Monday, April 03, 2006

Debt, Deficit, and Fiscal Conservativism

Today the cover story in the USA Today is about the growth of federal spending under the current administration.
Federal spending is outstripping economic growth at a rate unseen in more than half a century, provoking some conservatives to complain that government under Republican control has gotten too big.

The federal government is currently spending 20.8 cents of every $1 the economy generates, up from 18.5 cents in 2001, White House budget documents show. That's the most rapid growth during one administration since Franklin Roosevelt.
Ironically today's topic was already going to be Senator Hagel's fiscal conservatism, as a reader commented on it yesterday. Senator Hagel sent a letter to his supporters recently that outlined his six top priorities. One of them was a concern over deficit spending. This is what Chuck Hagel said in the letter about the subject:

"It is dangerously irresponsible for the government to continue deficit spending at the rate we are currently spending. We cannot continue to run up the national debt and burden future generations of Americans with huge government obligations that will impair their ability to compete and prosper. Deficits and accumulation of debt erode the economic fundamentals of a country. They debase a nation’s currency. This continued weakening of our economic base will have significant economic and national security implications for our future. The national leadership of this country must prioritize its resources and policies, and govern with accountability and purpose.”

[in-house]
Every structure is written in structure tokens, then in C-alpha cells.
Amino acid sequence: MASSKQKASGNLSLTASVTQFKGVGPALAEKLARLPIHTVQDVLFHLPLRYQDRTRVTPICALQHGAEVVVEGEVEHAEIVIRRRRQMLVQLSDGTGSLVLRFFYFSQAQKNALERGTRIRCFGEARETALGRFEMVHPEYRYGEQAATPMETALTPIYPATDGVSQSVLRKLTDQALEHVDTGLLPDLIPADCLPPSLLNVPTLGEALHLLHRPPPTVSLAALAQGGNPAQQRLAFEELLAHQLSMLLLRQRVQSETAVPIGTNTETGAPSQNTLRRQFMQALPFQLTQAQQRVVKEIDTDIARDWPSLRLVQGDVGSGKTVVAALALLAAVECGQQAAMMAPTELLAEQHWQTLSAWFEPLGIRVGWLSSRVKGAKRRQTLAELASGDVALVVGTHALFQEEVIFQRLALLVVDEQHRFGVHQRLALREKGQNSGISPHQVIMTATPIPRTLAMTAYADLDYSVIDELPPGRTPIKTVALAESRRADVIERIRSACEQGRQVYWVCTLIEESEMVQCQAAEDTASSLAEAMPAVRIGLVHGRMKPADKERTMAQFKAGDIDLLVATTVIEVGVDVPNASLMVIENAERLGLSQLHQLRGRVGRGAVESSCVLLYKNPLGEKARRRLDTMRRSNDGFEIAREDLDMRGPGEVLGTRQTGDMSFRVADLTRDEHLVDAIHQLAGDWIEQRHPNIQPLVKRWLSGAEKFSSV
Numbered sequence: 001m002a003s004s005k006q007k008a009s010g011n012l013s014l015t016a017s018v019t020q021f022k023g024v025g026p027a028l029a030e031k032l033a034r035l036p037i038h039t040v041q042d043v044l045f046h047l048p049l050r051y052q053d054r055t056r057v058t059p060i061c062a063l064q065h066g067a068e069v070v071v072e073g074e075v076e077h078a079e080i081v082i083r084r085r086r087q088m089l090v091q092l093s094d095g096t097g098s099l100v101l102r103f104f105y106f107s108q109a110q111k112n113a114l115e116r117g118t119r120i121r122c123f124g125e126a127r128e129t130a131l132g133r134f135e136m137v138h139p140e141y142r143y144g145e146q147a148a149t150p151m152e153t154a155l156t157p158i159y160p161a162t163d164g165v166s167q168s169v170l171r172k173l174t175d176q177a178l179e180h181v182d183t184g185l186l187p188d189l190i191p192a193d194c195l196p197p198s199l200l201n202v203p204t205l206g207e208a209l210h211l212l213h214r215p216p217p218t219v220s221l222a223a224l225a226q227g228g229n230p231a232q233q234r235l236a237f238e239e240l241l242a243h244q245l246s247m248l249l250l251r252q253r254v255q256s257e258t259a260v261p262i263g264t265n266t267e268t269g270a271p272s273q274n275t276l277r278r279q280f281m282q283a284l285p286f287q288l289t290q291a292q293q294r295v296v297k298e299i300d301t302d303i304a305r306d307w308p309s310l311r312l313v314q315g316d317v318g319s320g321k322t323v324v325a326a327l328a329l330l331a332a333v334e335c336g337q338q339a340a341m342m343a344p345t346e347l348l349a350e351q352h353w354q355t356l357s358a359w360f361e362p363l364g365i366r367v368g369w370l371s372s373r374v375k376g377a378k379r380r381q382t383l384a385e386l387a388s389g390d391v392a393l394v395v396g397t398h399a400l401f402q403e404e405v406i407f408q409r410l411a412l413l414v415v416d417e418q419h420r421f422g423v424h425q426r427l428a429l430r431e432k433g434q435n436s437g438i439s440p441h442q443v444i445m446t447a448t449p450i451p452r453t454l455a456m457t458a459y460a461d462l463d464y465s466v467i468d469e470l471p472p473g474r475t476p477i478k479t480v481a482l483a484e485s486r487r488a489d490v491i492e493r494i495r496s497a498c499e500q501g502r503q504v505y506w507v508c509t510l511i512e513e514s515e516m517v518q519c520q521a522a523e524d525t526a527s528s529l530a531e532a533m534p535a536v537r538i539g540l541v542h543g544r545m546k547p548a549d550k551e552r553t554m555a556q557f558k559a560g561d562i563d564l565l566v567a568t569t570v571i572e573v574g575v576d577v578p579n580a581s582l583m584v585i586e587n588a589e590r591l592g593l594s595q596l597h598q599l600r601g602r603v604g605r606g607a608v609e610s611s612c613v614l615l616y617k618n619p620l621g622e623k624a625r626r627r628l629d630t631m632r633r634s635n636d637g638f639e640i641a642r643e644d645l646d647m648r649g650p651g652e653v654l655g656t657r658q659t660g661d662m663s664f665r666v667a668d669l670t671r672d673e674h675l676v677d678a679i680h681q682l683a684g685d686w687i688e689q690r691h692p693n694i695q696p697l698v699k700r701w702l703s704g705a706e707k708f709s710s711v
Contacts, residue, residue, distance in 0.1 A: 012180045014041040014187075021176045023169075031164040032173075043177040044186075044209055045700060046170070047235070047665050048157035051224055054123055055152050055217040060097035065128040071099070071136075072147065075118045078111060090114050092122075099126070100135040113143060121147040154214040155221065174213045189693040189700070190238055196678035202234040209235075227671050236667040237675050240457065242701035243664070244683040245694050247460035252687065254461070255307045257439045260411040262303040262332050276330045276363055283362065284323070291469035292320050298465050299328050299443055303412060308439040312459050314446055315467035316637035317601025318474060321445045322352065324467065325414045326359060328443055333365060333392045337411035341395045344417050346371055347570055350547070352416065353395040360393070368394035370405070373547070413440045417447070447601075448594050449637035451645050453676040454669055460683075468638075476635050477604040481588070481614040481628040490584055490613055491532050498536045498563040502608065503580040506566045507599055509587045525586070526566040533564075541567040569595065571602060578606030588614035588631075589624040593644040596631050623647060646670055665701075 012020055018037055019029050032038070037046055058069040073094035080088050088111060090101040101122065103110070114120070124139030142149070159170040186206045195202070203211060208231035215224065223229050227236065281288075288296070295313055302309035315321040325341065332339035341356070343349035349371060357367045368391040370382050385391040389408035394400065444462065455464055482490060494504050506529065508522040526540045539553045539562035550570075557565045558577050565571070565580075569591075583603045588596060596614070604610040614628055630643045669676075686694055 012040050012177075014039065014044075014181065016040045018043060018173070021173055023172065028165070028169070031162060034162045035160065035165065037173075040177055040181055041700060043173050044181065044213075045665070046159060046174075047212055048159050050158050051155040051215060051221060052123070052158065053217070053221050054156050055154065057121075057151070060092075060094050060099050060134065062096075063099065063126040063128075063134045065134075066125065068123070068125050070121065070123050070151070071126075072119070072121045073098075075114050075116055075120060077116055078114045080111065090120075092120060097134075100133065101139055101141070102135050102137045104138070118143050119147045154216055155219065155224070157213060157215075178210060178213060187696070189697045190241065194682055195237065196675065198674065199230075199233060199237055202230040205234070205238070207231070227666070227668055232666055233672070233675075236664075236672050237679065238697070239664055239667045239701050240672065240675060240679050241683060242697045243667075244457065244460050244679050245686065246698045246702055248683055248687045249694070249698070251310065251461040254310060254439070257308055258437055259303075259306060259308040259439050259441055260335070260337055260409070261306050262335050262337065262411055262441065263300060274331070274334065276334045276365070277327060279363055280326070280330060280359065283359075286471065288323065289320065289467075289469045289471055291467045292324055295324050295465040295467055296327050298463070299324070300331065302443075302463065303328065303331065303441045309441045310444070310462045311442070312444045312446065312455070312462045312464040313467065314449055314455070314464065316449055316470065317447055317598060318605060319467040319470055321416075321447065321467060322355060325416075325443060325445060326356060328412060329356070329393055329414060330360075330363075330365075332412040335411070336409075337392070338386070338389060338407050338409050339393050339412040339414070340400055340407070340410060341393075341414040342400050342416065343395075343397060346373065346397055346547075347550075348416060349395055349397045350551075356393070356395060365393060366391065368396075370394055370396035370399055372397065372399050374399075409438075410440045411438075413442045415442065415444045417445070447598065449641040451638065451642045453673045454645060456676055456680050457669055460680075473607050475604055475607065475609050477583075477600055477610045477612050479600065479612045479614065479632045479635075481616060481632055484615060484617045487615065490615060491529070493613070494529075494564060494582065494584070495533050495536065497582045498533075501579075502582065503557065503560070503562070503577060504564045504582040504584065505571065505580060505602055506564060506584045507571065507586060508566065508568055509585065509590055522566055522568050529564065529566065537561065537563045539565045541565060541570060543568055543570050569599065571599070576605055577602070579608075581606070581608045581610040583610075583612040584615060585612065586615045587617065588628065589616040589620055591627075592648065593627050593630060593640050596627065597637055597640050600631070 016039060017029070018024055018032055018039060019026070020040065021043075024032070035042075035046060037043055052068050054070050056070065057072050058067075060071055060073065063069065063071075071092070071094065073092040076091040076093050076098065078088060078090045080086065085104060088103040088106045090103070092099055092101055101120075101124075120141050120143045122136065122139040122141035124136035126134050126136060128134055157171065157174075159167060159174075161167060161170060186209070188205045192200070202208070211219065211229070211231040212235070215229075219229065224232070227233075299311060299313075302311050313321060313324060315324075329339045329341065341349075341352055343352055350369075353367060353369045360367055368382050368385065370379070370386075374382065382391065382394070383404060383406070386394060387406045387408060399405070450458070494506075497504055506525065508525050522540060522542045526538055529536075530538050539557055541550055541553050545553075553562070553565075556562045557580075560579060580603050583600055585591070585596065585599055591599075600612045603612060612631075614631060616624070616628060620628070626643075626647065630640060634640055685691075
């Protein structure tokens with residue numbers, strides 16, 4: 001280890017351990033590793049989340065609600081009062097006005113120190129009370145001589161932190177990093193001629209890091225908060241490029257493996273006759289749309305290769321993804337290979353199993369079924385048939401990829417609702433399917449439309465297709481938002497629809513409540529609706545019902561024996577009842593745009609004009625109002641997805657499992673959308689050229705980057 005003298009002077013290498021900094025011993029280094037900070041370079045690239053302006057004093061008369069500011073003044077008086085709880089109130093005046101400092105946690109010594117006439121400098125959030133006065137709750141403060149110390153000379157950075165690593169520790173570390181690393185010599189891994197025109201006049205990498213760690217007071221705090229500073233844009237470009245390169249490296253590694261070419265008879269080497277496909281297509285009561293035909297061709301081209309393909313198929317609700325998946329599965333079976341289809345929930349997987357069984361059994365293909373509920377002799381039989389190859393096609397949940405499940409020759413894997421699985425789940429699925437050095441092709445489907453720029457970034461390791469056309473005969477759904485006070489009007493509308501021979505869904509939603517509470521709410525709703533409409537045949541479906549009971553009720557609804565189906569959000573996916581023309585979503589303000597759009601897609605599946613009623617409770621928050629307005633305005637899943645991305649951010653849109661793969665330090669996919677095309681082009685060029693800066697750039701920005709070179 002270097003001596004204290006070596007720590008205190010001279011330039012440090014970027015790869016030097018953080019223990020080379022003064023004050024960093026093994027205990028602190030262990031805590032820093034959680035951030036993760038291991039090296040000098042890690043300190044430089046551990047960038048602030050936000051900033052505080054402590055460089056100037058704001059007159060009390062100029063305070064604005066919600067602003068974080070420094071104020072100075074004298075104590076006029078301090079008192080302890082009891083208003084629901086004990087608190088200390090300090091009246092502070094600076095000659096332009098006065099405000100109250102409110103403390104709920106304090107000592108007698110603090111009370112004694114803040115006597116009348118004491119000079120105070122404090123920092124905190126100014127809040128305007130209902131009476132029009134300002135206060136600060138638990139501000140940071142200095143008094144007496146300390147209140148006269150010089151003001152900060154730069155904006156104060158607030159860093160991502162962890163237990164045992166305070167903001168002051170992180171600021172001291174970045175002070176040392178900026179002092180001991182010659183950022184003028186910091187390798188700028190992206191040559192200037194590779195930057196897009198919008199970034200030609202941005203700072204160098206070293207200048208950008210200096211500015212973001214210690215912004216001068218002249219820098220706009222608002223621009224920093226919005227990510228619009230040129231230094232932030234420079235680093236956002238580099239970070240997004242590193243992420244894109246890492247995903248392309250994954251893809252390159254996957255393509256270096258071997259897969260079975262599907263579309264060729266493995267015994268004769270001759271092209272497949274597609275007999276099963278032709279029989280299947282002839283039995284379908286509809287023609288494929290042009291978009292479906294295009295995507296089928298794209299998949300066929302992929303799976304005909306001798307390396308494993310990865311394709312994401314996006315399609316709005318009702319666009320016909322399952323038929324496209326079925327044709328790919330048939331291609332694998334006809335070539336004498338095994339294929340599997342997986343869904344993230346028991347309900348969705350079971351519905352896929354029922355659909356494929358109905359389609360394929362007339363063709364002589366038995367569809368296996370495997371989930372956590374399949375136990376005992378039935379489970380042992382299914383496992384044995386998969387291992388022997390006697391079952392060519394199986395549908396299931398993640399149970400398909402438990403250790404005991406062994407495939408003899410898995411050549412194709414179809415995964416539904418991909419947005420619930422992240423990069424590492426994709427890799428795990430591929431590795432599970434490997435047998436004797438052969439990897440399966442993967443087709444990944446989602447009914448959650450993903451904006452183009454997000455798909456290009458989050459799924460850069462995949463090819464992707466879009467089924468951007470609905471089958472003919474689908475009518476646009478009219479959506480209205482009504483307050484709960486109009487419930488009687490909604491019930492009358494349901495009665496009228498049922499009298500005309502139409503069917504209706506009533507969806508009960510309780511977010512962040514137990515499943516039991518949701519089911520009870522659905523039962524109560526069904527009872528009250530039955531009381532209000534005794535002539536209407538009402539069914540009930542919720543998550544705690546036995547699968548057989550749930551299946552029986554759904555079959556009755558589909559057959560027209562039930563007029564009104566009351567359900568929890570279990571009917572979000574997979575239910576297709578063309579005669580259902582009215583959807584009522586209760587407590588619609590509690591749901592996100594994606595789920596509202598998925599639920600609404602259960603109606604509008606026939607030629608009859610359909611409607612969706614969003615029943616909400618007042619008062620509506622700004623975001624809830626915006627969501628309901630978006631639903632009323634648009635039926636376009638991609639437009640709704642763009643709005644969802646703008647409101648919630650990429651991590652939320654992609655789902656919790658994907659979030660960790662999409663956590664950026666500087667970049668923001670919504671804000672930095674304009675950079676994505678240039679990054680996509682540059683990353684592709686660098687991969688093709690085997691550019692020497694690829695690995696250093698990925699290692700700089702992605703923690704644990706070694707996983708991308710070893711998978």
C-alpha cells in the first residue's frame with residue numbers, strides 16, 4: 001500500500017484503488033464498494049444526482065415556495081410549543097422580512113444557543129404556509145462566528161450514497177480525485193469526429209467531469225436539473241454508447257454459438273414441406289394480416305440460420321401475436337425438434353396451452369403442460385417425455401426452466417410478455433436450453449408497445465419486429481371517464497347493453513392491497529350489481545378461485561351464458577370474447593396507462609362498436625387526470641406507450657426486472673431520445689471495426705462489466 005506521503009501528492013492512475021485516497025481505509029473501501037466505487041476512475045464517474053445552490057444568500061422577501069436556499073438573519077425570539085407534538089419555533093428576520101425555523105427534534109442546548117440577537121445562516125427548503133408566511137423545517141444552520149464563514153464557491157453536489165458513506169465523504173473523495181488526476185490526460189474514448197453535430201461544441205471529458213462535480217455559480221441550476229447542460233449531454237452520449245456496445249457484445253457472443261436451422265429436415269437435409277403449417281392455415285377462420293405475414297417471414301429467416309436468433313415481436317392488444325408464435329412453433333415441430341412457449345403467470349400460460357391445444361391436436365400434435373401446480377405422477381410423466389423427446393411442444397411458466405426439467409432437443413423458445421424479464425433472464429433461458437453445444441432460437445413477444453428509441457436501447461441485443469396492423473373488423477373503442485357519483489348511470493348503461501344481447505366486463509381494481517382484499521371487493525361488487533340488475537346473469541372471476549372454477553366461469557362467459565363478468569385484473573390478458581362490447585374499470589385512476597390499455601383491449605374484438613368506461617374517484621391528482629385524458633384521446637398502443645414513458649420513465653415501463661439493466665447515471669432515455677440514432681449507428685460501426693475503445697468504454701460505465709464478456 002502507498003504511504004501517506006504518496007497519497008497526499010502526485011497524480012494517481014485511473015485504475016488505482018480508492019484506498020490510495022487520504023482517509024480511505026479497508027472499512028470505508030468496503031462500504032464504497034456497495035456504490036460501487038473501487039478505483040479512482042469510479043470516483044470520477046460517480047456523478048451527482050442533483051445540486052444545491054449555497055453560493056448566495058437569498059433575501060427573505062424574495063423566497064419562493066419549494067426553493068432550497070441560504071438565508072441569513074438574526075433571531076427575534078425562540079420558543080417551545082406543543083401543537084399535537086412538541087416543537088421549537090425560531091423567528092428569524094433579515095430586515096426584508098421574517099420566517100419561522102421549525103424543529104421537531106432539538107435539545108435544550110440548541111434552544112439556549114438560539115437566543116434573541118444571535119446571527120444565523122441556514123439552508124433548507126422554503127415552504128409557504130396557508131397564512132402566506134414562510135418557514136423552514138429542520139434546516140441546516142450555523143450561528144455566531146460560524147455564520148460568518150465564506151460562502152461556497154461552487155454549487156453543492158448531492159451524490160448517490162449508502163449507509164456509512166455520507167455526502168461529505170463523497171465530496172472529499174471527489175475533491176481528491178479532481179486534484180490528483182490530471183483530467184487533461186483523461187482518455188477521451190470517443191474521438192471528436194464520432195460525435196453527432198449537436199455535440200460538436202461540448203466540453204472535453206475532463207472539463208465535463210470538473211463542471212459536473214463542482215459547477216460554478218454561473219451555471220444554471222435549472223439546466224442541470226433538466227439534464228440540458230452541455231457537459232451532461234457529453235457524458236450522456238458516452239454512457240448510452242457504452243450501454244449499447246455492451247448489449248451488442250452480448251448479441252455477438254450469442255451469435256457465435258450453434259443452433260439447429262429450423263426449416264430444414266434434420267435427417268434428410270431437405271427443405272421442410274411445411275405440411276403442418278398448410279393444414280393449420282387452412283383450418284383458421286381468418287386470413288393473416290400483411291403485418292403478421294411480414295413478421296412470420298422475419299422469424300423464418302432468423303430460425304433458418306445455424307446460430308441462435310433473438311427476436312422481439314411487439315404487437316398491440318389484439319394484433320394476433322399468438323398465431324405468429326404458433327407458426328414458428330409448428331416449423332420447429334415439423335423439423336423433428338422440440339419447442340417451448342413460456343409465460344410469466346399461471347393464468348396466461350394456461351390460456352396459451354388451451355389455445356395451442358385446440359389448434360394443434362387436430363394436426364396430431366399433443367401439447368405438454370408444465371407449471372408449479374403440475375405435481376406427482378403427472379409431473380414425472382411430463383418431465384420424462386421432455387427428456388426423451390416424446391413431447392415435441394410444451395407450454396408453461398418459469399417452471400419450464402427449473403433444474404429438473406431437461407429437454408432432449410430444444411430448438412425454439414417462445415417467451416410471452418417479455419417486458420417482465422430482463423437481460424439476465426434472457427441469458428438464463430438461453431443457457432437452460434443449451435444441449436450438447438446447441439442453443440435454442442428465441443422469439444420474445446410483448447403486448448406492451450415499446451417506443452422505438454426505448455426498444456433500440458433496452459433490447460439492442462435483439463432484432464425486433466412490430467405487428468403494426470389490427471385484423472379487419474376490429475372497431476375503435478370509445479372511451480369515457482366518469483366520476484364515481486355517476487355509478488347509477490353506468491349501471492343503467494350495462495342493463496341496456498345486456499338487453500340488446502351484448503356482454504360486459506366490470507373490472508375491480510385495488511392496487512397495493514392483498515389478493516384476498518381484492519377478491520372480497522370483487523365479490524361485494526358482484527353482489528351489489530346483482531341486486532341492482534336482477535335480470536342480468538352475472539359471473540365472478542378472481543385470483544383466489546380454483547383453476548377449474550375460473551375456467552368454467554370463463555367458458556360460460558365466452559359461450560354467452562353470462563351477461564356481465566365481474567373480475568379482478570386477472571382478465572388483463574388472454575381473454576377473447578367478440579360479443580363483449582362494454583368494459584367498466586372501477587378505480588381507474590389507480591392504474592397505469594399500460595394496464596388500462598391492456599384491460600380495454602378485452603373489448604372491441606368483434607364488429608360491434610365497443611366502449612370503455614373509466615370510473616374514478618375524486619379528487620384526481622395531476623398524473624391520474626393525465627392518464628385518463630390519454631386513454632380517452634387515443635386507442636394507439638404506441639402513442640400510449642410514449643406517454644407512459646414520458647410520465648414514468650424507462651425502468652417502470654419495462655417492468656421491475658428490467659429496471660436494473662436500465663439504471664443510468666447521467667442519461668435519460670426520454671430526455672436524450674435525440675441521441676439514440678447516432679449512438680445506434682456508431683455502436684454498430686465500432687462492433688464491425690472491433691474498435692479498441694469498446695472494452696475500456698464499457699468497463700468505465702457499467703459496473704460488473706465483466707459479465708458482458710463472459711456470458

Mike Pence was on NPR this morning, who the reporter called the conservative's conservative. To support this claim it was said that he had voted against No Child Left Behind and the new prescription drug benefit because of the costs related to the two of them.

The senator from Nebraska broke with his party leadership to vote against the new prescription-drug program under Medicare, the No Child Left Behind bill and a big farm bill stuffed with incentives for corporate agriculture. Each, he felt, was ill conceived in practical terms and unwarranted as an expansion of federal mandates and spending.

Interesting. As the New York Times Magazine reports Senator Hagel voted NO on No Child Left Behind and these other big spending bills. So from a fiscal conservative standpoint, it looks like Senator Hagel is also a conservative's conservative.

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Writing Left said...

He says he is opposed to deficit spending but a great deal of the spending has come from irresponsible tax cuts, military spending in Iraq, and programs such as Medicare Part D. What are his voting records on these issues? If he voted for them, then he is as responsible as other Republicans for this irresponsible and unsustainable fiscal course we are on.

young_activist said...

Our debt is not our children's responsibilty we need to let our members of Congress now this. We are only being greddy when we are selling our children's future to pay for frivilous spending if this does not stop now AMerica's economy will suffer greatly.